We’ve long known the importance of exercise for our physical wellbeing, but in recent years, much emphasis has been put on the way in which it affects mental wellbeing, too. In our incredibly fast-paced world, people have been advised to take a step back from the go-go-go and focus inward.
Research shows that your mood, outlook and stress levels significantly affect your overall health, including heart health. Engaging in stress-reducing exercises and mind-body exercises can help tone you up and keep you tuned in from the inside out to keep diseases at bay, while also boosting the mood, improving focus, improving fitness and increasing overall life satisfaction.
These mind-body activities will satisfy many types of personalities while promoting a healthy lifestyle.
The ancient practice of yoga originated in India with attention paid to what to do and not do, how to relate with ourselves and others, how to sit, breathe, withdraw, focus, concentrate, meditate, and of course, enlighten. In the Western world today, it’s created a huge draw for its ability to improve flexibility, promote better sleep quality, boost self-confidence and promote mindfulness. With research exposing how stress and anxiety can make you physically sick, it’s pertinent to not just be aware of how to ease the mind but put it into action. Yoga styles range from a passive yin, which involves variations of seated and supine poses typically held for 3 to 5 minutes, accessing deeper layers of fascia, to power yoga, a fitness-based vinyasa practice that builds internal heat, increases stamina, strength and flexibility, the practice allows people to focus on the important connection of the mind and body. In an overview of 26 systematic reviews, published in Evidence Based Complementary and Alternative Medicine, British researchers found that regular yoga practice resulted in a reduction of depression pain and anxiety in adults with various acute and chronic health conditions, including back pain, fibromyalgia, and psychiatric disorders.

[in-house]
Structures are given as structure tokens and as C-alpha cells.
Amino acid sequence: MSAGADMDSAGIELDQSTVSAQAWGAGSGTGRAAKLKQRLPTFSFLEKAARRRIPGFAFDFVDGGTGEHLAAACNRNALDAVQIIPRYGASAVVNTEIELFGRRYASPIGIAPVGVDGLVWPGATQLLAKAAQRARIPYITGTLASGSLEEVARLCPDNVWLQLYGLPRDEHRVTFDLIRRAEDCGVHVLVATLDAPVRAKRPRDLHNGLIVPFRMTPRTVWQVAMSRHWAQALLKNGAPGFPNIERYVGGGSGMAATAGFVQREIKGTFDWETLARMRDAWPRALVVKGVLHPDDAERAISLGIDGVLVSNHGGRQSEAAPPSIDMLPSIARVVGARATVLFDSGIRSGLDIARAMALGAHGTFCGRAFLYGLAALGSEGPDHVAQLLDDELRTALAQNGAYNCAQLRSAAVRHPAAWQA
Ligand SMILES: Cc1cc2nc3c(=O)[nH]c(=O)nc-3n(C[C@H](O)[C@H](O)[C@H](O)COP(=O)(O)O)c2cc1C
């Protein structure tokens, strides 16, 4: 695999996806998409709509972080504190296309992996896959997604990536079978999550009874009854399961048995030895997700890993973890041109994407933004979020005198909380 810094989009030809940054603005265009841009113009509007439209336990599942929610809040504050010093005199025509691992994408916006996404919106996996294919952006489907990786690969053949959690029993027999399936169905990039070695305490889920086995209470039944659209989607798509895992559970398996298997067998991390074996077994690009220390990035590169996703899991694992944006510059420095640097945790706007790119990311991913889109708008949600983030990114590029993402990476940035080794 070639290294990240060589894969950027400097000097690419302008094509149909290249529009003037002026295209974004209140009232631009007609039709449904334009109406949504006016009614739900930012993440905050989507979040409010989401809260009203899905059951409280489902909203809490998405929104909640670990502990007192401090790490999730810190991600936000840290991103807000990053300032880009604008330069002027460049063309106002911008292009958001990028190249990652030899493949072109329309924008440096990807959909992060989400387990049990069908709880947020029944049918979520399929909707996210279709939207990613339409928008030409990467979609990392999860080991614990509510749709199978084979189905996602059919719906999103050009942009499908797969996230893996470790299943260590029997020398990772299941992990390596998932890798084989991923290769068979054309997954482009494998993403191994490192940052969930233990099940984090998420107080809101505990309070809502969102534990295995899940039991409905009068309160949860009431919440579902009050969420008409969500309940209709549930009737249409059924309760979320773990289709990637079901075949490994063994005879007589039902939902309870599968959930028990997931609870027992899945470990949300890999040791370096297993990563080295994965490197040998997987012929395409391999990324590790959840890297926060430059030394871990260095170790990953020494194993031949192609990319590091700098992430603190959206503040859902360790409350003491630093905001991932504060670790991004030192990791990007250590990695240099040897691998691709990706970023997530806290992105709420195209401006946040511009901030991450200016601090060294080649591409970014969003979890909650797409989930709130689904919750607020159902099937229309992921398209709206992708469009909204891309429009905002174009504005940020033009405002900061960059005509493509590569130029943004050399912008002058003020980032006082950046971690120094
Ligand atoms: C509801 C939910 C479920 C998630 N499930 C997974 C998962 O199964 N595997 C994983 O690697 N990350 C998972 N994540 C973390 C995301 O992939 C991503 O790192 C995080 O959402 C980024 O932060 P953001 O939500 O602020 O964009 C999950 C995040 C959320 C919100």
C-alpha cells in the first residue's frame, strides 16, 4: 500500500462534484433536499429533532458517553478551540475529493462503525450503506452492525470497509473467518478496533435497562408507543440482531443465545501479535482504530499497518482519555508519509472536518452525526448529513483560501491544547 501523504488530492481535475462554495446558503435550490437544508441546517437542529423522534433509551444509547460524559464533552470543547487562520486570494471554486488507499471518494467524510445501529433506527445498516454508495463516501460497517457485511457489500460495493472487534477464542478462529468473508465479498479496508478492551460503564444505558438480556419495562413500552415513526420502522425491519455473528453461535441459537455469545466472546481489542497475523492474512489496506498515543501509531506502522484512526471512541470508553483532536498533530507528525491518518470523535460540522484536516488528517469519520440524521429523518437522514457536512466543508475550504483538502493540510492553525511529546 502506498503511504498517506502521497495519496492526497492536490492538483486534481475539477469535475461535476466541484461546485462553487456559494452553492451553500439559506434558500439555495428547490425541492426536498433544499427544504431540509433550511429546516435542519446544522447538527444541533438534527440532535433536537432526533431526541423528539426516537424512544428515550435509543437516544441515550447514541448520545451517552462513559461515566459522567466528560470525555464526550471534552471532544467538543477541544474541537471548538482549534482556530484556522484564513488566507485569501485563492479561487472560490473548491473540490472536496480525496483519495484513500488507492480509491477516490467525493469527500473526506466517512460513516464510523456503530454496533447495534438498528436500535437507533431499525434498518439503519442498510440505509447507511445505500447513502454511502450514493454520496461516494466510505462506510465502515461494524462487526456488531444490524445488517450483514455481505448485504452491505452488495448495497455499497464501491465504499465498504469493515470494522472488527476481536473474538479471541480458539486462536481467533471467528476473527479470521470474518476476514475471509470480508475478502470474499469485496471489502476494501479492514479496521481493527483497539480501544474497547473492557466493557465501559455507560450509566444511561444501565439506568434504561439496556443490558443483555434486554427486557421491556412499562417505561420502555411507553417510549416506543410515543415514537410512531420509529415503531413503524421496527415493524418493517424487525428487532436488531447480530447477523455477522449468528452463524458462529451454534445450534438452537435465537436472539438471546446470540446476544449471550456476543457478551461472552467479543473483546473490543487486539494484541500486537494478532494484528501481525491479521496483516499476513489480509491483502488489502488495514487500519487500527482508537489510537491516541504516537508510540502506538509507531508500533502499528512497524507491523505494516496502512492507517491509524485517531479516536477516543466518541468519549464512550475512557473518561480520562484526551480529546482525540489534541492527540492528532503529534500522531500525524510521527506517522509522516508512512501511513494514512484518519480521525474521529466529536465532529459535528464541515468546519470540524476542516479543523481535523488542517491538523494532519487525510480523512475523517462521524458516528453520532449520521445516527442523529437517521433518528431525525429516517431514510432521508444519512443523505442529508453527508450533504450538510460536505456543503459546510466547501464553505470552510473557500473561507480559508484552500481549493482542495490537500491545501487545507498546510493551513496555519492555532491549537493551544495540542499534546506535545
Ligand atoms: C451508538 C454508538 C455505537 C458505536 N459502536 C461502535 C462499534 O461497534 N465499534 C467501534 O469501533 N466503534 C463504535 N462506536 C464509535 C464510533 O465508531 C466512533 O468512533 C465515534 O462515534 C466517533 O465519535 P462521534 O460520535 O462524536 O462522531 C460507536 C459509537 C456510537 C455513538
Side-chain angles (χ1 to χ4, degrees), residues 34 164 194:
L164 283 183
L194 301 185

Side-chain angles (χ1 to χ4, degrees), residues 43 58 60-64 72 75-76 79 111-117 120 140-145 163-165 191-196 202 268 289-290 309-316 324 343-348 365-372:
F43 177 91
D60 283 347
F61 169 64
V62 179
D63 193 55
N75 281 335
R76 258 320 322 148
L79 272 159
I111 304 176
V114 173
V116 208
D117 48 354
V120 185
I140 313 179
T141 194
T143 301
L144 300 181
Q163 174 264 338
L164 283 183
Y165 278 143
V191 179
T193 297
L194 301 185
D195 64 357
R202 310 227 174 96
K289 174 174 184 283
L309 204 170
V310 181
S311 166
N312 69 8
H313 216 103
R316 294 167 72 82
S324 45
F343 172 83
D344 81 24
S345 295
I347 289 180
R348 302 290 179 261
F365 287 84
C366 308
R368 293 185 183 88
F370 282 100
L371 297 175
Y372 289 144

Joseph Hubertus Pilates had asthma and other ailments as a child, and turned to exercise and athletics to battle these ailments, making sure to continuously study various exercise regimens to find what best optimized his health. His fascination with the classical Greek ideal of a man balanced in body, mind, and spirit ultimately caused him to develop his own exercise system based on this concept, which is what we now refer to as Pilates. This form of exercise, which incorporates mat-based moves, has been shown to increase flexibility, build core strength, improve posture and alleviate lower-back pain. Similar to yoga, Pilates links movement to breath, which enhances your mind-body connection, allowing for a reduction in stress while also strengthening the physical body. Pilates requires full attention on your body, which in turn causes you to clear your mind of any distractions whether you are on the mat or the Reformer.